Sharon Stone, the Hollywood actress, filed suit against rapper Chanel West Coast for misusing the actor’s name and image for the 2018 track “Sharon Stoned.”

According to the suit, Chanel West Coast’s track exploited Stone’s “extraordinary popularity and fame” by saying the actor’s full name 33 times and her first name 99 times. The words “Sharon” and “Stoned,” repeated over and over again, fill the track’s first 30 seconds. The hook repeats the “Sharon Stoned” motif, along with the lines, “Yeah you know I stay stoned, stoned all day / But I still get money, get money, yeah, I still get paid.”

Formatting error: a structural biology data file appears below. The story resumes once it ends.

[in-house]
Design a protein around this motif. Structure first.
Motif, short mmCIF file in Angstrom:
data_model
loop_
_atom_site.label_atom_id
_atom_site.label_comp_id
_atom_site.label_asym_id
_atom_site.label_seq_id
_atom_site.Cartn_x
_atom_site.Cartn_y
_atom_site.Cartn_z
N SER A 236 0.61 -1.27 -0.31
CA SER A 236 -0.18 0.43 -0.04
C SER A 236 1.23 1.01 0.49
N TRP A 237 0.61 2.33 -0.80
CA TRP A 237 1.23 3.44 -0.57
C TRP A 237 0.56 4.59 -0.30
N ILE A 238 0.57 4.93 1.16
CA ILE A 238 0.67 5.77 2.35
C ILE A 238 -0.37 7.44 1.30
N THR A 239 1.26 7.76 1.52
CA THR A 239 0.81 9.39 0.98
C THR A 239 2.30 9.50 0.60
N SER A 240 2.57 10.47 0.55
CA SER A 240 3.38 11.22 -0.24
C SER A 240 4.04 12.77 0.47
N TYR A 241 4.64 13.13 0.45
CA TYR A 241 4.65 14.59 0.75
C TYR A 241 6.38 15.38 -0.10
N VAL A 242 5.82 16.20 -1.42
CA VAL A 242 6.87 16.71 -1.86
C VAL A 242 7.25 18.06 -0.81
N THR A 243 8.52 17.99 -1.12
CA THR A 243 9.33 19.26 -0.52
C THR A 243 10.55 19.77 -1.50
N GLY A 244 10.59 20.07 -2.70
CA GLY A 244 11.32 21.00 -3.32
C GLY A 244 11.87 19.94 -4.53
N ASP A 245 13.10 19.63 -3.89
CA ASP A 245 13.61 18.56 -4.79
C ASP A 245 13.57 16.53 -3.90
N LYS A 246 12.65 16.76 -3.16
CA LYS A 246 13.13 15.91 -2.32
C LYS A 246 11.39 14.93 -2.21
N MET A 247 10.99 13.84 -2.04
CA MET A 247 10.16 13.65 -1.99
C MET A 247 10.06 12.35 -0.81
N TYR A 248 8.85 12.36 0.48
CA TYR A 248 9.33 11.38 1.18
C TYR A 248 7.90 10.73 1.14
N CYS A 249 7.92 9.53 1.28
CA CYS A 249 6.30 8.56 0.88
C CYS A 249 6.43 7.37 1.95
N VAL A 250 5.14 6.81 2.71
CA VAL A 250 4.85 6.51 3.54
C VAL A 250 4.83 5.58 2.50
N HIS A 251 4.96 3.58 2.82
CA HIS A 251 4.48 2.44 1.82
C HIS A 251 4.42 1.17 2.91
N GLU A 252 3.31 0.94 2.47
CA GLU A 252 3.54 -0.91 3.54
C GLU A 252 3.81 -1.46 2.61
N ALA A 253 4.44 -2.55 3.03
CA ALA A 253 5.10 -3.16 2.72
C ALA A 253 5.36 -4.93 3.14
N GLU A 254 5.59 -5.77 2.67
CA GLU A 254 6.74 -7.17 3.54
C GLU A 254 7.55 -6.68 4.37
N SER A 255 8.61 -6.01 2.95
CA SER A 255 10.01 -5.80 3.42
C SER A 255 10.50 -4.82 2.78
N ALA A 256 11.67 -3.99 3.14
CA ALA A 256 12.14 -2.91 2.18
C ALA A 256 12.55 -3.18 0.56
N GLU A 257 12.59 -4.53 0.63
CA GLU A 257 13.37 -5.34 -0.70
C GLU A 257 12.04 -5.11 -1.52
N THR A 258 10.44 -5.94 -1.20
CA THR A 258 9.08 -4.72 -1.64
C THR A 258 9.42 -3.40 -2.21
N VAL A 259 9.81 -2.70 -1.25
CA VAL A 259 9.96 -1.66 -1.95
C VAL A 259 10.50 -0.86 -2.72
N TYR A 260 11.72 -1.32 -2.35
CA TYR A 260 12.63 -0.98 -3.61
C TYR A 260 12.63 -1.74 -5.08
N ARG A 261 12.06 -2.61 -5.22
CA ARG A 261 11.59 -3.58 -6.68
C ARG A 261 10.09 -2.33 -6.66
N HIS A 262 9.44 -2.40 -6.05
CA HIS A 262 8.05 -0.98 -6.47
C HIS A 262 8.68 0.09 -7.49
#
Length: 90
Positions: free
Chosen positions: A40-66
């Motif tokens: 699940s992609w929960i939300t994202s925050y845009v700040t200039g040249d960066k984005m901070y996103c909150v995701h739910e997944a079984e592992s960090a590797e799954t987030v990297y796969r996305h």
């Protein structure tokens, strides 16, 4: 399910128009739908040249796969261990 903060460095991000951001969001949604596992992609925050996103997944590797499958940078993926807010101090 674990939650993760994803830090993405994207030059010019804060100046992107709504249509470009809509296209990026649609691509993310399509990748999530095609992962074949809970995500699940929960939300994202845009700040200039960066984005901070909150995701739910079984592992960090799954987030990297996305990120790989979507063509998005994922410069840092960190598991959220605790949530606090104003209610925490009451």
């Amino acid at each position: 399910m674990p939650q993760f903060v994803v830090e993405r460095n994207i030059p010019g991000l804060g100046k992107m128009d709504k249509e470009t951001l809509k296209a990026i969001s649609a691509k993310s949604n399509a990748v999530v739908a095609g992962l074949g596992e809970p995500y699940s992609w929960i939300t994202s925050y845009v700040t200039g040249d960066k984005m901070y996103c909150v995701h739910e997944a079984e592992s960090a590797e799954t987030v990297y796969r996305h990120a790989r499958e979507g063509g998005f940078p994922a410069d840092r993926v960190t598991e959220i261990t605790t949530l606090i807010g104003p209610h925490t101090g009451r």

However, this isn’t the first time a rapper’s been sued for borrowing, copying, or parodying someone else’s likeness or their work. The first landmark ruling of this kind came from the US Supreme Court in 1994, when Acuff-Rose Music tried to sue the rowdy rap squad 2 Live Crew for borrowing the musical structure of Roy Orbison’s “Oh, Pretty Woman” for their track “Pretty Woman.” The court ruled in 2 Live Crew’s favor, stating that the rap track qualified as a parody, which is protected as fair use under the First Amendment and copyright statutes.

Will Sharon Stone up-end years of fair-use policies with this newest suit, or will Chanel West Coast get the (stoned) last laugh on her way to the bank? If history is any indicator, it’ll likely be the latter.

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